Data security and preventing cyber-attacks is usually a key consideration in an auditor’s risk assessment. But another aspect of keeping your business up and running, keeping your data secure and your reputation intact is often ignored – physical security.
Given its often critical importance this is a surprising omission. The threats posed by the physical location of a company’s servers are significant. If it is physically possible to get within in few metres of your data center, as a pedestrian or with a vehicle, the data center is very vulnerable.
There are many types of physical risk to your servers – natural disasters, man-made disasters, accidents, fire, water damage, human interference and attacks. Many of these may sound difficult to mitigate against, but this can be achieved through careful choices of data centers.
If there was a major incident within the city where your servers are based, your company may be unable to function. The most efficient way to plan against this risk is not to have a backup site, but either to operate a live mirrored site (200 to 300 km away), or to base your servers in a remote location.
With a live mirrored solution there can be just two milliseconds of latency. Therefore, if there was a major incident, your business can be up and running very quickly on a perfect replica of your data center. For industries where you cannot afford to have any downtime, this type of disaster recovery planning is essential.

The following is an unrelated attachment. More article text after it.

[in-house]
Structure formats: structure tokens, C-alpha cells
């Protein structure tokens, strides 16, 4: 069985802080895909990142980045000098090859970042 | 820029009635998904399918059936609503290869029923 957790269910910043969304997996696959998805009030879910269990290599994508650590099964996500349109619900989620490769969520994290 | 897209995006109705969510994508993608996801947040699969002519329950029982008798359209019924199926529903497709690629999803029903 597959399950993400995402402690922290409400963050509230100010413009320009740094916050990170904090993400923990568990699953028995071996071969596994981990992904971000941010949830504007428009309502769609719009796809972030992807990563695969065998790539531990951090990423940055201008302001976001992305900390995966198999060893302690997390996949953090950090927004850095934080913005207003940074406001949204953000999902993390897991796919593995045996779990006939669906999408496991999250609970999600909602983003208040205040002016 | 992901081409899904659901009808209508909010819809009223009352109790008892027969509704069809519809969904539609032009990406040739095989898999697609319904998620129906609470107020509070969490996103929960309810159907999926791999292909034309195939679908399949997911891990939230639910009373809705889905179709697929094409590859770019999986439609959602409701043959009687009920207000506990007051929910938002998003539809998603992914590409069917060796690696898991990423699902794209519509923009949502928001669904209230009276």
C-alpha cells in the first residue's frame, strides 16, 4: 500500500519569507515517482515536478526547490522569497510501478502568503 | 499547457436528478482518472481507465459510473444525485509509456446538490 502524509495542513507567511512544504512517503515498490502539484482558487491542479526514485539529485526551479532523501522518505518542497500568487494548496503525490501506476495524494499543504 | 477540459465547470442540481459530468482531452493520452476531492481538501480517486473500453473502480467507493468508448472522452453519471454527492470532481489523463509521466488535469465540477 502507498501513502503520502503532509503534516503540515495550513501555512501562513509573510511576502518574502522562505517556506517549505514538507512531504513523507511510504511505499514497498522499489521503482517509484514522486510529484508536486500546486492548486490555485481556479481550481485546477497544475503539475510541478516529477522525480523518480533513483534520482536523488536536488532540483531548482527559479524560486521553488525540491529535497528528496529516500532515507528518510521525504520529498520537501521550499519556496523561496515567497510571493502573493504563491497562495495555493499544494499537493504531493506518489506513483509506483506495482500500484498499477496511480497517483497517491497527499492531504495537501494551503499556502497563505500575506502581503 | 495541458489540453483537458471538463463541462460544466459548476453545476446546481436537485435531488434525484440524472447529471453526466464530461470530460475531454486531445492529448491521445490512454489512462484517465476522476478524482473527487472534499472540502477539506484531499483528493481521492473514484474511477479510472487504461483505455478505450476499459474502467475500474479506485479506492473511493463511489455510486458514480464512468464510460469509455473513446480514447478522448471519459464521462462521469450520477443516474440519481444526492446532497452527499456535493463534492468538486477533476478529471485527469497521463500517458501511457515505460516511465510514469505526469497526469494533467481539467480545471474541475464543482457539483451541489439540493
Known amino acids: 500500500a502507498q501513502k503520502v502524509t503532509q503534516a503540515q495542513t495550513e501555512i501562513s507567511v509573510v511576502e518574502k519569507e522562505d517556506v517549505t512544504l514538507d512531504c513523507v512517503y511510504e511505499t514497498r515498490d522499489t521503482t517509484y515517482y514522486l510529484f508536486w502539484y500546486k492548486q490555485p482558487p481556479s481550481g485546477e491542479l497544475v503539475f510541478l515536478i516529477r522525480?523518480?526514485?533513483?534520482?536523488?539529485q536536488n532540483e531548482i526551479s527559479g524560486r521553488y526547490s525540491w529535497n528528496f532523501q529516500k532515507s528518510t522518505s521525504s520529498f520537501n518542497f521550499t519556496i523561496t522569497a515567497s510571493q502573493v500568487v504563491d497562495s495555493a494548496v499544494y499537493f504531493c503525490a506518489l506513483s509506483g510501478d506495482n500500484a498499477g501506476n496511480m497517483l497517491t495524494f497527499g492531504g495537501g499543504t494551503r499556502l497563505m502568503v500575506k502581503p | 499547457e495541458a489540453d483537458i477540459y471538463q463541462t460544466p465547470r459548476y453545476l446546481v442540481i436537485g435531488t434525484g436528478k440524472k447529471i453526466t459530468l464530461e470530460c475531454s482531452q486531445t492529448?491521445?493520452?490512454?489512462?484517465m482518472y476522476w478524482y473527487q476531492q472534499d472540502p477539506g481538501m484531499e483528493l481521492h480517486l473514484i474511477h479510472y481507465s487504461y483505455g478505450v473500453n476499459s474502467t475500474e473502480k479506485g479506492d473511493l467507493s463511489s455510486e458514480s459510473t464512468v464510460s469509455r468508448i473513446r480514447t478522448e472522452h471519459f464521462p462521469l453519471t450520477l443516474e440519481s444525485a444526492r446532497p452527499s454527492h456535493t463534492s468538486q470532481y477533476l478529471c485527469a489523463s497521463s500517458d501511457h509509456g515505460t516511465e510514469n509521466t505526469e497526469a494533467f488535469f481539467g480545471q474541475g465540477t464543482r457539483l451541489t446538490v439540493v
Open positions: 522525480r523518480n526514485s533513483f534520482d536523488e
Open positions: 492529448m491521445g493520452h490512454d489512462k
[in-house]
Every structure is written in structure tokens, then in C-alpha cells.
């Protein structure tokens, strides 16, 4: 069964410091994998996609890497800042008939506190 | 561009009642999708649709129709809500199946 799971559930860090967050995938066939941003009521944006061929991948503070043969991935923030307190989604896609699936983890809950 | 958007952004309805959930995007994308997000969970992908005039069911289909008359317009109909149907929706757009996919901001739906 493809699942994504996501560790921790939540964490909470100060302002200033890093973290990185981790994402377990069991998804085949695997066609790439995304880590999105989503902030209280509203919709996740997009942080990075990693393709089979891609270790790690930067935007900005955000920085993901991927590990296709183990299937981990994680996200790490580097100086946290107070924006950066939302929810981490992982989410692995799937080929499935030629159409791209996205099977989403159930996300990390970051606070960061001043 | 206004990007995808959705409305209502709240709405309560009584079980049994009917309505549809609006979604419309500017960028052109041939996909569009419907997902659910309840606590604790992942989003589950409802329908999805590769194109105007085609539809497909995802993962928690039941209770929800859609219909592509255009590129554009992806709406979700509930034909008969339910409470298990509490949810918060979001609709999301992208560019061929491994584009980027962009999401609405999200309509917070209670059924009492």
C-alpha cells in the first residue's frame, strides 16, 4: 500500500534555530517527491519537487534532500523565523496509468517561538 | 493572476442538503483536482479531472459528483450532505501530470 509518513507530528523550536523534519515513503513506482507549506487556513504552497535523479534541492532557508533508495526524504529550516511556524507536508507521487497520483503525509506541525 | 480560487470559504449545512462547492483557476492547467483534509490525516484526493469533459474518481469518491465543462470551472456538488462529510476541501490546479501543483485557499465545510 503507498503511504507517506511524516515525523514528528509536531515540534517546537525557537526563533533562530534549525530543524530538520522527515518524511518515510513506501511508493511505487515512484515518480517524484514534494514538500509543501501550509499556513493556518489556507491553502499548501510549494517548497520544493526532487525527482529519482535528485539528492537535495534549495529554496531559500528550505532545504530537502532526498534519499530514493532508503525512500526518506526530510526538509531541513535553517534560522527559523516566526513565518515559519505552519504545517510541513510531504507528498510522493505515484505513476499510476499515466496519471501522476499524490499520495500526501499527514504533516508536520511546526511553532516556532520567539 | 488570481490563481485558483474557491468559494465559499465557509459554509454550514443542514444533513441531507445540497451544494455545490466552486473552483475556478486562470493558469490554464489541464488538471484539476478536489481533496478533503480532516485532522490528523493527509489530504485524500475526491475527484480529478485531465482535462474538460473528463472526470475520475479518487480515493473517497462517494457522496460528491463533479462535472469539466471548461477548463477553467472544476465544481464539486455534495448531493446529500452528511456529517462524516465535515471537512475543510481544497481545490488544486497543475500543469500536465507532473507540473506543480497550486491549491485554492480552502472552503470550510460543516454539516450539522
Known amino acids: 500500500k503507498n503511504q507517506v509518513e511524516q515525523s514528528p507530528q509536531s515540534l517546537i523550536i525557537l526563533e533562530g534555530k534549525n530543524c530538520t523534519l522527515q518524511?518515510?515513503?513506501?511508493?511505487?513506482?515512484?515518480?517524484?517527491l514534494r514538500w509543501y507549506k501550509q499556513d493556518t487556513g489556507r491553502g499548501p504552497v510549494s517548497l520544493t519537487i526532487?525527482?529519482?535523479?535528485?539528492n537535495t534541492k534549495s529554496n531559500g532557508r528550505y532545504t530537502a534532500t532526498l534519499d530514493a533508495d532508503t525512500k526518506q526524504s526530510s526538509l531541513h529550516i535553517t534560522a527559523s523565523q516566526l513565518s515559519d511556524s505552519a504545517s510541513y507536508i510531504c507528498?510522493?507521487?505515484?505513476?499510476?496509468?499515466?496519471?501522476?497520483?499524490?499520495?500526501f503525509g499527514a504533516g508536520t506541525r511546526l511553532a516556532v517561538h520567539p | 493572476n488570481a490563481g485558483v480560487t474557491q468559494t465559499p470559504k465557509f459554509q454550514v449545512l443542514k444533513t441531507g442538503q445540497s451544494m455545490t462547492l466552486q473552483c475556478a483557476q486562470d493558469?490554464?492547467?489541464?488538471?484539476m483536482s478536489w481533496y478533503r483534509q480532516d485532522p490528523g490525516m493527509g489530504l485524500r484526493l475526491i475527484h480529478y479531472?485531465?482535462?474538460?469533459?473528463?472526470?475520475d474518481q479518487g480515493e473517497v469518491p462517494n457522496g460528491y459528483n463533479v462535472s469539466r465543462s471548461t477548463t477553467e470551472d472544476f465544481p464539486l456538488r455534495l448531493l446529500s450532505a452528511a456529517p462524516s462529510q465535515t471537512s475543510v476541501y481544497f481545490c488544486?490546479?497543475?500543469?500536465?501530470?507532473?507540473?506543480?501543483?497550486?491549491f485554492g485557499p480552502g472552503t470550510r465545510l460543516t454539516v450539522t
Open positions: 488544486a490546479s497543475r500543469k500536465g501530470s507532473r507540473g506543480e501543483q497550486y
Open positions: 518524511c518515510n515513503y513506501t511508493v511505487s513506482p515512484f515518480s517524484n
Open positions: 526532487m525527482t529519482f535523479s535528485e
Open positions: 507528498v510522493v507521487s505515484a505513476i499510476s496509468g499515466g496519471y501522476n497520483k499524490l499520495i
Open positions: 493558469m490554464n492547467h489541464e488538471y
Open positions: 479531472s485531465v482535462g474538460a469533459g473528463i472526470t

To find out more about the cost efficiency of data centers read our new whitepaper: The top 10 IT risks facing CFOs.
Research from the Uptime Institute shows that fewer than half of companies utilise disaster recovery as a service, and only half utilise near-real-time replication to a secondary data center site. We wrote about this in an earlier blog post.
The basic approach to physically securing your servers is having layers of defence. This includes not being located close to risks such as railway lines, truck routes or aircraft corridors, and creating a wide stand-off zone where there is a great distance between the building and the closest place from which an explosive device can be delivered. Within the building, many private rooms start from an outer perimeter, and move inward to the room with the greatest need for protection. Coupled with advanced security monitoring equipment and multiple security checkpoints, each layer of defence is designed to delay and reduce the effectiveness of an attack.
Threats to the physical security of your data center may feel unlikely to many companies, but the risks are considerable. This should make it a significant focus of any risk assessment.